Occasionally, churches get into bad habits. Such a church may adopt a set of bylaws and a constitution when the church is formed but ignore them for decades. Eventually, however, church growth, maturation, or a dispute force the bylaws and constitution into the light and into use. The argument that the bylaws and constitution “aren’t the way we have done it” may not preserve seemingly long-established tradition. If a church ends up in a court of law on an issue that would otherwise be governed by the constitution and bylaws, tradition, especially oral and anecdotal, will be hard to prove and very unlikely to be recognized as controlling.
In Leggett v True Zion, 2018 IL App (1st) 171101 (Slip Op.) (Ill. App. 2018), prior church leadership wanted to select the new pastor and new board of directors. The congregation, however, decided to follow their bylaws and the board recorded in their minutes that the congregational meeting would be called consistent with the bylaws. The Plaintiffs actually attended the congregational meeting, which waived any notice issue, but “declined” to vote. The plaintiffs filed suit challenging the authority of the congregational meeting to select a new pastor and the new board of directors and alleged the church tradition was that the pastor would be selected by the church “overseer” and not by the board and confirmed by a congregational vote. The bylaws were consistent with Illinois non-profit corporation governing statutes. The trial court dismissed the case with prejudice and the appellate court affirmed.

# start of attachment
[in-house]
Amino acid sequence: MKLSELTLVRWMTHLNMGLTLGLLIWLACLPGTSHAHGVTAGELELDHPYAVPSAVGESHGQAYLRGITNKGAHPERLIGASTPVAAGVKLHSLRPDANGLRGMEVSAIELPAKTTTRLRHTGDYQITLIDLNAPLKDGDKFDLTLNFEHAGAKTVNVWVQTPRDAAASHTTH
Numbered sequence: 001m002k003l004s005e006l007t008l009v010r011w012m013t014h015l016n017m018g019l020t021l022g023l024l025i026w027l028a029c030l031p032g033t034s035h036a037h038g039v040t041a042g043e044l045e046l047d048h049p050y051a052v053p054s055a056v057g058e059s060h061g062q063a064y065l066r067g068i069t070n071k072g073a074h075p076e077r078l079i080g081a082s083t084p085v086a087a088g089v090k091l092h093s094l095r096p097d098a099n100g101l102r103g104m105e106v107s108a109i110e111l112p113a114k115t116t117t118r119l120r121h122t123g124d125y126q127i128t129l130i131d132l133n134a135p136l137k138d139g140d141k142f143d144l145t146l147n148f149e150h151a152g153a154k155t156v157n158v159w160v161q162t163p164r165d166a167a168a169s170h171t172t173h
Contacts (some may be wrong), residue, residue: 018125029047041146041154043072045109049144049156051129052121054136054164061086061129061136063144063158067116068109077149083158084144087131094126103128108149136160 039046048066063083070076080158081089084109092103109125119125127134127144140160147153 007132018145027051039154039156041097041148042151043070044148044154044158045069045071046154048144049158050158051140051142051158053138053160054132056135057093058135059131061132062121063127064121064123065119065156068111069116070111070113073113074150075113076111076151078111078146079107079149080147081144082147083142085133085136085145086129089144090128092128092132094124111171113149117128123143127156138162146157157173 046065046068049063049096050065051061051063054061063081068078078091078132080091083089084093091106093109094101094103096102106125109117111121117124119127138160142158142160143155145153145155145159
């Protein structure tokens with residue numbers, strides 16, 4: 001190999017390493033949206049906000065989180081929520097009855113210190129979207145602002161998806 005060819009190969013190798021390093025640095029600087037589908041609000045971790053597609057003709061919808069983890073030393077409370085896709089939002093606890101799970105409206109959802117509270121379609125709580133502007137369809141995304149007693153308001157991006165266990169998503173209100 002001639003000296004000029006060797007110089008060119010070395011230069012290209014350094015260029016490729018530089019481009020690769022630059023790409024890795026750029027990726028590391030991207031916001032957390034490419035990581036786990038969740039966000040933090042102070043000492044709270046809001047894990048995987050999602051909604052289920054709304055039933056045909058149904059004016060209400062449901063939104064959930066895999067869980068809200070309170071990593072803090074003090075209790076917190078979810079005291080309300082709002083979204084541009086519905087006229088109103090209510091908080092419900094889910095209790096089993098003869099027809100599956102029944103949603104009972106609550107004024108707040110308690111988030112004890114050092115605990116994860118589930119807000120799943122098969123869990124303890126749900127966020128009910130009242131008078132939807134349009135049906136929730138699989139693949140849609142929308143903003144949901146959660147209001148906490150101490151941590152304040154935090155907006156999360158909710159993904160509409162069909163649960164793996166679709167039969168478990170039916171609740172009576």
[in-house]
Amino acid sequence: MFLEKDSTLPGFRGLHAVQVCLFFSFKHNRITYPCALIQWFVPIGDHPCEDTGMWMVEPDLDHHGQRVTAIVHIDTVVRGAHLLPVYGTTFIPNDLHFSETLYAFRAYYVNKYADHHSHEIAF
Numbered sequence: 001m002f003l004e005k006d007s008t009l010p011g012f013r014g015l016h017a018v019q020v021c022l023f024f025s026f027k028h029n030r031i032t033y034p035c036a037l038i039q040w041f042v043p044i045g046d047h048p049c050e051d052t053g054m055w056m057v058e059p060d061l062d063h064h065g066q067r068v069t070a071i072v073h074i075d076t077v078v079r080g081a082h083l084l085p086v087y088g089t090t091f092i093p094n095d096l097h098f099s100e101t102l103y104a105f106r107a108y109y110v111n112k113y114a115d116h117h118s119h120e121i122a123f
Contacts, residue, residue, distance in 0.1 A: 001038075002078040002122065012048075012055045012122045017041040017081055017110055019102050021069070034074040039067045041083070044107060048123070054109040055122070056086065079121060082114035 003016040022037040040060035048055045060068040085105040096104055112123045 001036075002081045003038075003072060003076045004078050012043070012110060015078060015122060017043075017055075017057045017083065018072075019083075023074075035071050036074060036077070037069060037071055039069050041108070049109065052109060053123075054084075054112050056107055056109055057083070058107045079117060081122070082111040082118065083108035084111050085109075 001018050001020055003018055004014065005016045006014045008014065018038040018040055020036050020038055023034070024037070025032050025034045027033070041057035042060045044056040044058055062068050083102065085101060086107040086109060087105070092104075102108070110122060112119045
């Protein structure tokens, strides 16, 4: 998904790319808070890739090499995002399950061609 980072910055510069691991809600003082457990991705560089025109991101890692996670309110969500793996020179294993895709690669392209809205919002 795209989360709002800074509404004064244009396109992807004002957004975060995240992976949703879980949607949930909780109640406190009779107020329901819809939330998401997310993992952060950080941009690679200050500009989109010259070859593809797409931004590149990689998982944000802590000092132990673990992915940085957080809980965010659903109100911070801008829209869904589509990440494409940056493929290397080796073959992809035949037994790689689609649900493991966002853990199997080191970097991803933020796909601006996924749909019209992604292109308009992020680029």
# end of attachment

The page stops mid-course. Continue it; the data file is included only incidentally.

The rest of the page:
Church corporation governance documents are important in a church dispute. Bylaws should be followed, written minutes of meetings consistent with the bylaws should be maintained, and every couple of years the bylaws should be updated, if needed, using the procedure in the bylaws for doing so. Tradition is a relic of the past in church governance. If the tradition is that important, or deemed as a spiritual requirement, the bylaws should be amended to incorporate and spell out the tradition. If the tradition is not a relic, stop treating it like one. Even small churches have enormous financial assets compared to their size. No one would want to own a home without a valid title (and probably valid title insurance) and valid homeowners’ insurance by relying on their tradition of living there and paying the bills.